Parliament adopted constitutional amendment on presidential powers with its first hearing on March 21 with 135 votes – unanimously with the support of all the lawmakers, including those from UNM, present at the session.
UNM lawmakers voted for the proposed changes after GD agreed to at first held non-binding, test vote in which 93 lawmakers, seven short of required two-third majority, supported the amendment.
After more than three months of political wrangling between GD and UNM over the constitutional issue, which was the key point in talks over power-sharing arrangement to which some other important issues were also attached, breakthrough came after several hours of parliamentary discussions and last-minute behind-the-scenes consultations just before the vote late on Thursday evening.
There was little debate about the substance of the Georgian Dream-proposed draft of constitutional amendment during the parliamentary discussion on March 21.
The draft, which has yet to be approved with its second and third hearing, envisages depriving President Saakashvili of his right to sack sitting government and appoint new one without Parliament’s approval.
As the voting day in the Parliament drew near, how the proposed amendment should be voted became focus of the debates.
President Saakashvili’s UNM wanted to at first hold non-binding test vote.
During the parliamentary discussions on March 21 lawmakers from the UNM were insisting on holding test vote, citing that it was needed to demonstrate that without UNM’s support GD was not able to pass constitutional amendment, contrary to some GD lawmakers’ claims that they had 100 and even more votes, required for approval of a constitutional amendment. UNM MPs were saying that GD’s rhetoric that there were some lawmakers within the parliamentary minority ready to break UNM’s party line and act in their individual capacity in support of the constitutional amendment was “insulting”, which was not contributing to a decision-making process based on compromises.
On the substance of the proposed draft, UNM lawmakers argued that it was not an issue at all, because the President any way had no intention whatsoever to use this constitutional right and appoint the new government without Parliament’s approval. MP Davit Bakradze, the leader of UNM parliamentary minority group even said: “I do not see my place in the President’s team” if he uses this right and then added that there was no chance of the President applying this constitutional clause into practice.
“The worst thing that triggers my major concern is that we are failing to make step towards each other even when we agree on the substance,” MP Davit Bakradze said, adding that “there is one step between us, one small step” and that’s holding non-binding, test vote.
GD lawmakers were critical about holding of the test vote from the very point when UNM first announced about its proposal late on March 20.
Many of the GD lawmakers, who spoke during debates at the parliamentary session on March 21, argued that this call for test vote was President Saakashvili’s “whim”; some of GD MPs were calling on UNM lawmakers “to set yourselves free” from Saakashvili’s “influence” and others were telling them that Saakashvili became “a heavy burden” for UNM itself.
It’s discretion of the Parliamentary Chairman to take a decision whether to accept a motion for test vote or not.
During a break ahead of the vote, Parliamentary Chairman Davit Usupashvili was engaged in active consultations both with PM Bidzina Ivanishvili and UNM lawmakers.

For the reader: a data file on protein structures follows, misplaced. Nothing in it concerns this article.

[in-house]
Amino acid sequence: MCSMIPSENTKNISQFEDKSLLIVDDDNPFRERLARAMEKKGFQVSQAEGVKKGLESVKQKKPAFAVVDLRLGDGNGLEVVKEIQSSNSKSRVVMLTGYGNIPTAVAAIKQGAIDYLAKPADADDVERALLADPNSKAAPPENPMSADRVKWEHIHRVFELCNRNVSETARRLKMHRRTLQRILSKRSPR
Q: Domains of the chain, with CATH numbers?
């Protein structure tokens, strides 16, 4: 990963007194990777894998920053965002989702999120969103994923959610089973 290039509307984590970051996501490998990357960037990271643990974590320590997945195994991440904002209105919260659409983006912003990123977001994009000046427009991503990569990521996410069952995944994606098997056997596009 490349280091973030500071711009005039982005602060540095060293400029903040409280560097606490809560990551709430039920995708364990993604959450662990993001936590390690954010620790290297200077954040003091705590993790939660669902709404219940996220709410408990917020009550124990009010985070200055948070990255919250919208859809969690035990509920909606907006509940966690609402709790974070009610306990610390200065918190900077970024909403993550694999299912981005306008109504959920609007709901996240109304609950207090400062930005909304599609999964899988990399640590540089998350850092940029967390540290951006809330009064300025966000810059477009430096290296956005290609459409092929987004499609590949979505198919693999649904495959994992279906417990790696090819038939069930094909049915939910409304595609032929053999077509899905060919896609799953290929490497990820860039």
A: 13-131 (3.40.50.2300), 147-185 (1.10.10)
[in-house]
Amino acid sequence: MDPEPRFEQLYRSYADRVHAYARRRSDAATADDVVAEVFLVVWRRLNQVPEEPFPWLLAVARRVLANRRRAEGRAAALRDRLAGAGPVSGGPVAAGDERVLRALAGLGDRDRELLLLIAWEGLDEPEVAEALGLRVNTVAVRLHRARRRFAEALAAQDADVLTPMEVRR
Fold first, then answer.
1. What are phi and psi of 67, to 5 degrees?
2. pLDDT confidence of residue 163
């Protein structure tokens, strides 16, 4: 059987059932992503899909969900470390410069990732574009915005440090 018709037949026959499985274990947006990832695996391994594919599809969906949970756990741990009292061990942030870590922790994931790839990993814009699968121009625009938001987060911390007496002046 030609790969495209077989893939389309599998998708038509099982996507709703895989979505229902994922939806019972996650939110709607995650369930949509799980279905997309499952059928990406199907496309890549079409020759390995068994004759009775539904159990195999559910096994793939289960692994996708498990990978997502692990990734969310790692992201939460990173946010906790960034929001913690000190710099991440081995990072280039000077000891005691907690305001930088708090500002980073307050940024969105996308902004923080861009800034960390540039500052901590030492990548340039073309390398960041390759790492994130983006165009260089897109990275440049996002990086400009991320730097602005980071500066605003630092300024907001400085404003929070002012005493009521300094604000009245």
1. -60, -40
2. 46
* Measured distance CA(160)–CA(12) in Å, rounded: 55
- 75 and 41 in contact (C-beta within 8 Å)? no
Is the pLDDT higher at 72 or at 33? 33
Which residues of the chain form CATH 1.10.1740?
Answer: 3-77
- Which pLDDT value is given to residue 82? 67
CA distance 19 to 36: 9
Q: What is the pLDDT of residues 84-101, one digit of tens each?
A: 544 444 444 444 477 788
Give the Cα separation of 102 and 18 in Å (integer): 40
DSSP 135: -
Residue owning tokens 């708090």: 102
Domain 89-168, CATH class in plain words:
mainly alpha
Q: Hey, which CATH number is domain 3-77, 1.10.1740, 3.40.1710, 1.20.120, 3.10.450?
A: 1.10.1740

Just before the vote, Usupashvili announced that he was accepting UNM’s motion for test vote, although made it clear that he saw no reason for such vote; he, however, stressed that he was taking such decision because of the GD’s commitment to help UNM to be part of the process.
“We, the new authorities, should give an opportunity to the representatives of the previous authorities to contribute to the development of parliamentary process and in overall development of the country. We should put an end to the practice in Georgia when former ruling political forces was vanishing from the political life after losing power – we will fail to achieve democracy if this practice continues,” Usupashvili said.
He said the debates showed that there was unanimous agreement in the Parliament about the substance of the proposed constitutional amendment, but there were differences on the form and how the process developed.
“From the very beginning it was the sincere desire of the Georgian Dream to make this constitutional amendment source of unity within the Parliament not reason for division,” Usupashvili said and added that this constitutional change was needed for the political stability in the country.
Usupashvili also said that it was up to the governing party to take responsibility on the situation in the country.
“We cannot respond to whims with whims,” he said.
He also said that during the last-minute consultations some “compromise proposals” were also tabled, but it was rejected by President Saakashvili; he did not elaborate. Usupashvili also said that he knew there might be different views among some GD lawmakers and called on them to accept the decision on holding test vote with “understanding.”
Earlier on March 21 PM Ivanishvili said that he saw no need in test vote and added that this proposal by the UNM was “not right”. Usupashvili stressed that he consulted with PM Ivanishvili before taking the decision on holding the test vote.
MP Davit Bakradze, the leader of UNM parliamentary minority group, welcomed Usupashvili’s announcement.
“I think this is a right decision, which will allow us to agree on the issue, which is important for the country… We achieved the decision which will be good not for us or good for you, but good for the country,” MP Bakradze said.